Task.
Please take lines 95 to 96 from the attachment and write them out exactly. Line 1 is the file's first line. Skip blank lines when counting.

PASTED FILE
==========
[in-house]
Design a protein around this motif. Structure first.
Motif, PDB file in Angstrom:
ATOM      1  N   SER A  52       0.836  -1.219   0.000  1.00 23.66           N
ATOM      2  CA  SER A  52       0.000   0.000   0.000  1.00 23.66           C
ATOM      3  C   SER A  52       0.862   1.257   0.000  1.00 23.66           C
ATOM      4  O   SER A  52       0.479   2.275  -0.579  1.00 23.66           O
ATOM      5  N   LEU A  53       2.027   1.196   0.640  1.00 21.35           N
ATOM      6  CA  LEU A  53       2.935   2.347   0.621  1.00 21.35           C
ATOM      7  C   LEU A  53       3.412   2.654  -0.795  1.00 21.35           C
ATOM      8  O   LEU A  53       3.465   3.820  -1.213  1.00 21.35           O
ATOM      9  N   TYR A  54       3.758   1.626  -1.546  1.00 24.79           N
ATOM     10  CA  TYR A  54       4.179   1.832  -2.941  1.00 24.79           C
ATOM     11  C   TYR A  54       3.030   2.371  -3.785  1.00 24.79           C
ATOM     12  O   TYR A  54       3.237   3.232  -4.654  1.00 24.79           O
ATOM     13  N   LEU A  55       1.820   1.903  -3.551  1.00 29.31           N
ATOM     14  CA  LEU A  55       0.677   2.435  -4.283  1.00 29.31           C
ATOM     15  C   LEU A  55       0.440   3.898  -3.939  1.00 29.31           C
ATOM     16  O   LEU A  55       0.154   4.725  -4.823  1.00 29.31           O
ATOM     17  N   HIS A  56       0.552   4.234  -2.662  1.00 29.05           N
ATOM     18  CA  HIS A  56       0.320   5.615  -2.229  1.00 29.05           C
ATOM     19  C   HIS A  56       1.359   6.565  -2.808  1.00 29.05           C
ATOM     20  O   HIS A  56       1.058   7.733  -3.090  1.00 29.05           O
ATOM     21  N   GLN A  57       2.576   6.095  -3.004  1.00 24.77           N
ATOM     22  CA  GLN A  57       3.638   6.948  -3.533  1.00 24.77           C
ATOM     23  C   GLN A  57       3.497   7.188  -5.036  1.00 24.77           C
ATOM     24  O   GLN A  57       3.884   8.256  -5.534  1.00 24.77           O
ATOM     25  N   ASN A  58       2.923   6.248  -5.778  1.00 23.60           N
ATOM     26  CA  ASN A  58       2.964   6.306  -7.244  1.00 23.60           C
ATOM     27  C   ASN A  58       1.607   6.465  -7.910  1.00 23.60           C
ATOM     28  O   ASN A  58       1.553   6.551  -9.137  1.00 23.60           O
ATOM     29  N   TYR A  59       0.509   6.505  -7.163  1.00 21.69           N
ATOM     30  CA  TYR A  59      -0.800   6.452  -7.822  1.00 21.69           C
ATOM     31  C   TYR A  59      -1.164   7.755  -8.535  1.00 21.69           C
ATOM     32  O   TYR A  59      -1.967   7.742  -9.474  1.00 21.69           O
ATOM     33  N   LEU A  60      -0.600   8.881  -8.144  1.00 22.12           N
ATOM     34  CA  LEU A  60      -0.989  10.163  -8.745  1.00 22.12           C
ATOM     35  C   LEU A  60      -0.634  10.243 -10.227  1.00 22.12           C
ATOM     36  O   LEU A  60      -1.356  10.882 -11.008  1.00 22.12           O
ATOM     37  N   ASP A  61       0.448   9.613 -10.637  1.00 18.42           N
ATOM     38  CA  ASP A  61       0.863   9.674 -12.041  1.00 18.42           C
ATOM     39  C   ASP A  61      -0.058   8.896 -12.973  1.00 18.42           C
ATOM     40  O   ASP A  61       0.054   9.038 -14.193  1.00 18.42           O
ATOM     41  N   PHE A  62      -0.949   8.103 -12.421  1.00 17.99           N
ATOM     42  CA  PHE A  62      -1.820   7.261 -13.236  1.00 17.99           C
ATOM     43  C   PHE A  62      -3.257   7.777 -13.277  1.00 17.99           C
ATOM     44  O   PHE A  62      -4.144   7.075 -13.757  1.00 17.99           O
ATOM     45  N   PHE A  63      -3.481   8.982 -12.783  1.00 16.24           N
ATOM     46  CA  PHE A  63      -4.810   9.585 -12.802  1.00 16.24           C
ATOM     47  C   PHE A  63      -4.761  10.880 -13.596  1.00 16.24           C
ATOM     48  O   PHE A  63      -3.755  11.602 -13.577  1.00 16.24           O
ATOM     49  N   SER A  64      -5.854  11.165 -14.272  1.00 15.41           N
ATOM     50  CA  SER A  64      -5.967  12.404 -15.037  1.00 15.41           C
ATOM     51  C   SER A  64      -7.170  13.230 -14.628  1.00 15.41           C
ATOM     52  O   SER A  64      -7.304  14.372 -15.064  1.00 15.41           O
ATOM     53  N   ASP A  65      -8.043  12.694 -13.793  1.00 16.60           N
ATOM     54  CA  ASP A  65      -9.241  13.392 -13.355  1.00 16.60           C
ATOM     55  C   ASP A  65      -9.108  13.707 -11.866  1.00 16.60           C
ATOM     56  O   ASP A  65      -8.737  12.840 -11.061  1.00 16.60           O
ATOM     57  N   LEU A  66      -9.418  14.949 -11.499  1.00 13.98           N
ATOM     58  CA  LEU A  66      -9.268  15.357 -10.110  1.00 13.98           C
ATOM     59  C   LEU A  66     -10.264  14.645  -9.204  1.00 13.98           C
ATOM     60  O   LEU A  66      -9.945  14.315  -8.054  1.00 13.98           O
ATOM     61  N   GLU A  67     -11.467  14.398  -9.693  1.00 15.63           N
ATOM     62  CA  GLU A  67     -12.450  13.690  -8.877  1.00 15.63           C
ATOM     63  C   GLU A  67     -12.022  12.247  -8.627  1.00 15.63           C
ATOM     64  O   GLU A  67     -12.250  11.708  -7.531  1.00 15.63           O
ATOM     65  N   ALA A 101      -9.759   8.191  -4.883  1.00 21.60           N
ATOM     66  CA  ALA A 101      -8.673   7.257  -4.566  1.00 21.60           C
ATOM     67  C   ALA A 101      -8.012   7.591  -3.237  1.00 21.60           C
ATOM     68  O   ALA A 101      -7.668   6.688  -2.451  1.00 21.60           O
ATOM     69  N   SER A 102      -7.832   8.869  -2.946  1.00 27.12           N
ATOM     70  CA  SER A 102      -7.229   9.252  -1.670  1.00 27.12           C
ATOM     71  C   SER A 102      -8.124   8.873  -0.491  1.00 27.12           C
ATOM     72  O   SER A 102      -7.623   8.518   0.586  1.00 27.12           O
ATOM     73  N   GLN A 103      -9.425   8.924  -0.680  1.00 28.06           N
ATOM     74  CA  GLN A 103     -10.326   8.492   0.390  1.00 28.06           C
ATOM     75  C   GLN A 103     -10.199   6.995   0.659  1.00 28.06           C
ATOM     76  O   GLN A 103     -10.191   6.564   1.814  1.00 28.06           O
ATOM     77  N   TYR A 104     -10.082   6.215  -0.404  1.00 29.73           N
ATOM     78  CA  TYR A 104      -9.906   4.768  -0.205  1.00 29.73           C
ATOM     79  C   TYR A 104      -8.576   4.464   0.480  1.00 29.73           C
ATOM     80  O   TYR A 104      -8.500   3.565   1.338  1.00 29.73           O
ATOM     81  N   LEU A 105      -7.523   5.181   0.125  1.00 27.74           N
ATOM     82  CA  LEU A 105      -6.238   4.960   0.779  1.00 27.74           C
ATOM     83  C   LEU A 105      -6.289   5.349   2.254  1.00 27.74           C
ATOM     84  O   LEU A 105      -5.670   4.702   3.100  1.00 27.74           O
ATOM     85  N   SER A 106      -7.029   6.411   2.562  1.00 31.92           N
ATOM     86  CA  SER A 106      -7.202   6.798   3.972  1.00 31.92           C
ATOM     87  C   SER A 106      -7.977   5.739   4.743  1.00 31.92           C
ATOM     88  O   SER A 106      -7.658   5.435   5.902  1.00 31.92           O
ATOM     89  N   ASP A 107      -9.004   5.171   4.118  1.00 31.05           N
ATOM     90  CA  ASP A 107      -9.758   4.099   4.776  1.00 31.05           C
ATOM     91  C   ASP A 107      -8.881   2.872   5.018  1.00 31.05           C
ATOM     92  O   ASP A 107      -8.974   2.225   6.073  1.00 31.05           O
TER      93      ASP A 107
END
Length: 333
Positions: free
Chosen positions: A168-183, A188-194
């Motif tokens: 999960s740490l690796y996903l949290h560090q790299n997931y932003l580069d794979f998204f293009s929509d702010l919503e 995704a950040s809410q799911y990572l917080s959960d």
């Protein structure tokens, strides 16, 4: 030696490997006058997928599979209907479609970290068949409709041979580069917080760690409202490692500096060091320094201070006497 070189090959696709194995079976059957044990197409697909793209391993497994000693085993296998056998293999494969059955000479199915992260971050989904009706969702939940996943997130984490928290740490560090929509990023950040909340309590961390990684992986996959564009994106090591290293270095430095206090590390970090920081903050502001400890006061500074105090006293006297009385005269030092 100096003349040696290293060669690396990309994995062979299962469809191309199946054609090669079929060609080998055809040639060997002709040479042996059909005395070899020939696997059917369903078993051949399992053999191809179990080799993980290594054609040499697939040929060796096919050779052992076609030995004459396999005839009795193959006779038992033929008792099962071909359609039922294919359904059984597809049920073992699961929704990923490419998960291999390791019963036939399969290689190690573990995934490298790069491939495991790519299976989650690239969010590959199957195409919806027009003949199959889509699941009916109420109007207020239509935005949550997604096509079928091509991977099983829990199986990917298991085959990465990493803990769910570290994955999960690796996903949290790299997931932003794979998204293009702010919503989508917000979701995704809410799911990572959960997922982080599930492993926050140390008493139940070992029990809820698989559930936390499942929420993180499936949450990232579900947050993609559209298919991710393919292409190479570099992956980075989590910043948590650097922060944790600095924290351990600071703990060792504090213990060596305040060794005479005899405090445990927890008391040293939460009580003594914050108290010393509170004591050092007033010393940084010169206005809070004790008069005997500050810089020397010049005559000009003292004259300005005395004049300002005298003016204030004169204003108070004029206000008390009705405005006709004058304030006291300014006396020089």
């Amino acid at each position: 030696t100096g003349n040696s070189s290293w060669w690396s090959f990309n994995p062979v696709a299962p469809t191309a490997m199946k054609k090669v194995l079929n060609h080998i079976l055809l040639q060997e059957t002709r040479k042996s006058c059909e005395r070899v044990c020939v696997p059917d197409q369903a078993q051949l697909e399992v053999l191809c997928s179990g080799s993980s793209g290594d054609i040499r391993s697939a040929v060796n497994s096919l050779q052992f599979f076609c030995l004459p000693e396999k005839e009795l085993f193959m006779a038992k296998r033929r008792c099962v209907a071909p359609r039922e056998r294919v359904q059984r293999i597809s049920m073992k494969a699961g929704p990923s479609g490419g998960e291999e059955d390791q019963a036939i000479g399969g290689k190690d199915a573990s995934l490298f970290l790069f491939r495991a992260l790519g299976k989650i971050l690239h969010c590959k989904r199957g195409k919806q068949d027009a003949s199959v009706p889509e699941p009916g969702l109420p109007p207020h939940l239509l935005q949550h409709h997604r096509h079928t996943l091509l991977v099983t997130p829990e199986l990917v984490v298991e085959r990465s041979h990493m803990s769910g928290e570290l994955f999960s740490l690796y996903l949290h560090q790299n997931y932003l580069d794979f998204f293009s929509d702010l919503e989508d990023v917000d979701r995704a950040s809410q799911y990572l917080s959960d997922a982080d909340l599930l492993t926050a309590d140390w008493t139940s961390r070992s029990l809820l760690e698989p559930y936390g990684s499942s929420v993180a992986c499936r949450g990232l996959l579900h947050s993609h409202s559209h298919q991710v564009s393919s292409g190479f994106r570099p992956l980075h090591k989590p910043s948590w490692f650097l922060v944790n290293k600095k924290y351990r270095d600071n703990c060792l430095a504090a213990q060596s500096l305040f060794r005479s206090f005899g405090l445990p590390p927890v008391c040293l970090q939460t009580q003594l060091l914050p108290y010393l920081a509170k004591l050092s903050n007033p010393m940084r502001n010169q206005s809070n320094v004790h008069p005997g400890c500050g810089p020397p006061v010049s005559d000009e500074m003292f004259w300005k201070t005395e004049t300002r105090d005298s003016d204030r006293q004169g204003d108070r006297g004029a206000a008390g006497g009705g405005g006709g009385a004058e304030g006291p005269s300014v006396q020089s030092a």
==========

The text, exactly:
ATOM     92  O   ASP A 107      -8.974   2.225   6.073  1.00 31.05           O
TER      93      ASP A 107